Patients with chronic kidney disease who added more fruits and vegetables to their diet reduced their costs for antihypertensive drugs and improved their BP, according to a presentation at the American Heart Association’s Council on Hypertension Scientific Sessions.

The reduction in those eating more fruits and vegetables was nearly half compared with those treated with a sodium bicarbonate regimen or those who were not administered an acid-reducing treatment.

“It was remarkable that we achieved better [BP] control using fewer drugs and without forcing people to change their diet completely. Instead, we provided food for the entire family so they could add fruits and vegetables to what they normally eat,” Nimrit Goraya, MD, program director for nephrology at Baylor Scott & White Health in Temple, Texas, said in a press release. “This was important because many of these patients lived in neighborhoods without access to fruits and vegetables through local food banks or grocery stores.”

Since fruits and vegetables have been shown to reduce BP, the researchers studied whether the treatment of metabolic acidosis with fruits and vegetables in patients with chronic kidney disease (CKD) was associated with BP control improvement, use of fewer antihypertensive drugs and lower cost of hypertension management.

Goraya and colleagues conducted randomized trial of 108 patients with CKD stage 3, estimated glomerular filtration rate of 30 mL/min/1.73 m2 to 59 mL/min/1.73 m2 and metabolic acidosis.

Patients were randomly assigned to fruits and vegetables (n = 36), oral sodium bicarbonate (n = 36) or the usual care (n = 36). A goal for those in the fruits and vegetables and sodium bicarbonate groups was to reduce dietary potential renal acid load by 50%.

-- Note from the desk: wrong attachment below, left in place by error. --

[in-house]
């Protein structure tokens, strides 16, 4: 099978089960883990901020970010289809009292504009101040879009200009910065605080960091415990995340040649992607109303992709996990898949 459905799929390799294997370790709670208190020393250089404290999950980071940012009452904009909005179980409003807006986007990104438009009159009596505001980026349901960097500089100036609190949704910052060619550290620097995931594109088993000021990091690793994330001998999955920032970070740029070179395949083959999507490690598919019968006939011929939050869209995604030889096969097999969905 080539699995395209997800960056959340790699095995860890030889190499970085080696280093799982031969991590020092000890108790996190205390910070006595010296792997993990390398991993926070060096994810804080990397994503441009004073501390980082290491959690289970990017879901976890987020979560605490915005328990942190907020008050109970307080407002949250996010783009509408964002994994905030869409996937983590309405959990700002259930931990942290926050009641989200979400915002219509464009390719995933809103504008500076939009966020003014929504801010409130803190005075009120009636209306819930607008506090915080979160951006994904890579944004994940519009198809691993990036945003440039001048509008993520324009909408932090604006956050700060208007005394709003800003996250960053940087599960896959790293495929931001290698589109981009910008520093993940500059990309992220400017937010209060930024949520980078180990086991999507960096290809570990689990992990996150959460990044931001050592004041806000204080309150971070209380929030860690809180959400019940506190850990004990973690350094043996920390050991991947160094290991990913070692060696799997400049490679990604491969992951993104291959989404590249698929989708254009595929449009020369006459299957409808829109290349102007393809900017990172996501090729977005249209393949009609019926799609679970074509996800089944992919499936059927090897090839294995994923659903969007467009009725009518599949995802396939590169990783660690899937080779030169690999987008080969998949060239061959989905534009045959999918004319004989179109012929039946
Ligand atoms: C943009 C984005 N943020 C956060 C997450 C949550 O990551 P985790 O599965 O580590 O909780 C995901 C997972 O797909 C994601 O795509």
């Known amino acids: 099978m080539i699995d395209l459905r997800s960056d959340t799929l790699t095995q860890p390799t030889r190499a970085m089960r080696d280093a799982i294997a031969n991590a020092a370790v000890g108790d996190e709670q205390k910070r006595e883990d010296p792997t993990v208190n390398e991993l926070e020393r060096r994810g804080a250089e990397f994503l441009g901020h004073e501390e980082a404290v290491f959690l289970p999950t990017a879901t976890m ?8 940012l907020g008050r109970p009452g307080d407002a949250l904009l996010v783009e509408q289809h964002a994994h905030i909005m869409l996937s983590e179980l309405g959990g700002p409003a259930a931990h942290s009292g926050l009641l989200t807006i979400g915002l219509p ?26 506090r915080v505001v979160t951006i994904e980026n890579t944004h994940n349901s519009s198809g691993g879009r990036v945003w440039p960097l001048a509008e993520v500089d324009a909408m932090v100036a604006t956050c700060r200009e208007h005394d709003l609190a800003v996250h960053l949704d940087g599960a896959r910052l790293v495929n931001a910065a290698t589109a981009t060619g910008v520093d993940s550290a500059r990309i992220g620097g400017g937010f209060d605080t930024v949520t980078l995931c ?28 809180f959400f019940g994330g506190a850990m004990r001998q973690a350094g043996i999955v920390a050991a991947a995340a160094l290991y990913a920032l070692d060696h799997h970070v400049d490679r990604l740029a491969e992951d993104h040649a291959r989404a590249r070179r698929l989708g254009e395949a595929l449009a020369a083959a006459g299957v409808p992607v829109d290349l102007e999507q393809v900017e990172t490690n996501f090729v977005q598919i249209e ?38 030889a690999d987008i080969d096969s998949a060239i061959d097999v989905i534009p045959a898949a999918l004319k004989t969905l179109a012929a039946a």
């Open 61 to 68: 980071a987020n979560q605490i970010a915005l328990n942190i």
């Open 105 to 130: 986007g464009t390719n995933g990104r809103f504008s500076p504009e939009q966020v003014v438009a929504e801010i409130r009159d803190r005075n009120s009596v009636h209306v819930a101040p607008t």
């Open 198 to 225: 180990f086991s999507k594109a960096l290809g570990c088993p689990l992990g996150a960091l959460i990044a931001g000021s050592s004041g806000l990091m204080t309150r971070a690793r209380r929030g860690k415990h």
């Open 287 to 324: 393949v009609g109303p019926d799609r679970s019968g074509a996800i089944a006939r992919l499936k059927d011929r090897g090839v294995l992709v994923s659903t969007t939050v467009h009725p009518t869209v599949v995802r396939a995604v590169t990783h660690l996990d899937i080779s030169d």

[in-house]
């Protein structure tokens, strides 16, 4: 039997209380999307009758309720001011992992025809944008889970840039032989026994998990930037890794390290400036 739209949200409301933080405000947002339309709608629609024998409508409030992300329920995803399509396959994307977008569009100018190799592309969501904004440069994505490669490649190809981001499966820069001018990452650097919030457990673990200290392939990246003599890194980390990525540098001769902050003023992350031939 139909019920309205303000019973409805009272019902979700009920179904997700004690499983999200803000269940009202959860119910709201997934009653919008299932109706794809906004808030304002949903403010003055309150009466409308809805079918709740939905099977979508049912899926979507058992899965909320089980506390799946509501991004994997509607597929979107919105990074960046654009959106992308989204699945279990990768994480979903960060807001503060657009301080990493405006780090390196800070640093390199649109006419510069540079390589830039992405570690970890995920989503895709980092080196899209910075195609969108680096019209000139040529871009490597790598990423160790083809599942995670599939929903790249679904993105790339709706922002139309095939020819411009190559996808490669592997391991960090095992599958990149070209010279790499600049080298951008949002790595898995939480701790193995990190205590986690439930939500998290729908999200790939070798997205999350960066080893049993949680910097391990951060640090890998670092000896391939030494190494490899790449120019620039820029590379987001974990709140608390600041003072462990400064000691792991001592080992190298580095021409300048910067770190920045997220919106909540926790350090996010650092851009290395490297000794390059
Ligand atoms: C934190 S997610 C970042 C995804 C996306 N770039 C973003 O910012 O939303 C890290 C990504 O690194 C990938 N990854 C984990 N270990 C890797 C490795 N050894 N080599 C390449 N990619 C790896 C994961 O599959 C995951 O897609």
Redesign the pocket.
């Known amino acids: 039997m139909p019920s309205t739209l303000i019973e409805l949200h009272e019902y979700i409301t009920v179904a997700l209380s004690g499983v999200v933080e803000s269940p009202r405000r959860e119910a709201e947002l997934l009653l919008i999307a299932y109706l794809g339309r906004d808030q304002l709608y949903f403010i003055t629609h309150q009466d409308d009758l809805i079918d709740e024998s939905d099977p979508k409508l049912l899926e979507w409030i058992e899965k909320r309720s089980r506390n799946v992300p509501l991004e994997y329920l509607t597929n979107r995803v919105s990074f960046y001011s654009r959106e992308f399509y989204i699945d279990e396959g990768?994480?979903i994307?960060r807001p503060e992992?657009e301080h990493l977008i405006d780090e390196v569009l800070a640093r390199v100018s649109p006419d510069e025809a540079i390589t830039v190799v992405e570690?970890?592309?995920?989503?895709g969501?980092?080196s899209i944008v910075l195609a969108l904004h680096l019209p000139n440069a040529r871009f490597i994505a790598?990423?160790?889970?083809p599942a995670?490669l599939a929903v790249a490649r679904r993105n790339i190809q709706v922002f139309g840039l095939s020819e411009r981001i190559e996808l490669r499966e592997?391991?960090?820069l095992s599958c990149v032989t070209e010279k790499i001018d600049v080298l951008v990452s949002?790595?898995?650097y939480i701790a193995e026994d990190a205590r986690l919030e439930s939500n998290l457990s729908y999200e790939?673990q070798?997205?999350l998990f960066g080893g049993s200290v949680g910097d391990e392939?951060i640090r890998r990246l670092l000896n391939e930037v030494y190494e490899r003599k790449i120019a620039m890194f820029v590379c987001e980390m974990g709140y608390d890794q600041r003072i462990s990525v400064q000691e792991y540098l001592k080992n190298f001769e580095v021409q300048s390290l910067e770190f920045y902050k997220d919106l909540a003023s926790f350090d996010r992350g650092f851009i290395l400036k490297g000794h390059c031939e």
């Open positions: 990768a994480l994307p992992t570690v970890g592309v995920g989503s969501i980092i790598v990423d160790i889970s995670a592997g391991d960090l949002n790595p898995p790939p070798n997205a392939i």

All patients were treated to a systolic BP target of less than 130 mm Hg with regimens including ACE inhibition, and they were followed for 5 years. The three groups did not differ at baseline in systolic BP or BP treatment regimen.

At 5 years, mean systolic BP was 125 mm Hg in the fruits and vegetables group vs. 135 mm Hg in the sodium bicarbonate group (P < .01) and 134 mm Hg in the usual care group (P < .01), the researchers reported.

Compared with the other groups, dosages were lower at 5 years in the fruits and vegetables group for the following drugs: enalapril (P < .01), diltiazem (P < .01), clonidine (P < .01) and atenolol (P < .02), but there was no difference between the groups in dosage of hydrochlorothiazide, according to the researchers.

The average drug cost for maintaining BP at 5 years was $79,760 for those in the fruit and vegetable group, $155,372 for the sodium bicarbonate group and $152,305 for the usual care group, Goraya and colleagues found.

“We need to strongly inculcate diet as a part of our medical management of diseases; often this simple and basic fact is never discussed,” Goraya told Cardiology Today. “We just tell them matter of factly to lower salt and fast food but do not offer what actually to eat.”– by Dave Quaile

Reference:

Goraya N, et al. Abstract P265. Presented at: American Heart Association’s Council on Hypertension Scientific Sessions; Sept. 14-16, 2016; Orlando, Fla.

Disclosures: Goraya reports no relevant financial disclosures.

 

 

 

 

 

    See more from Joint Hypertension Scientific Sessions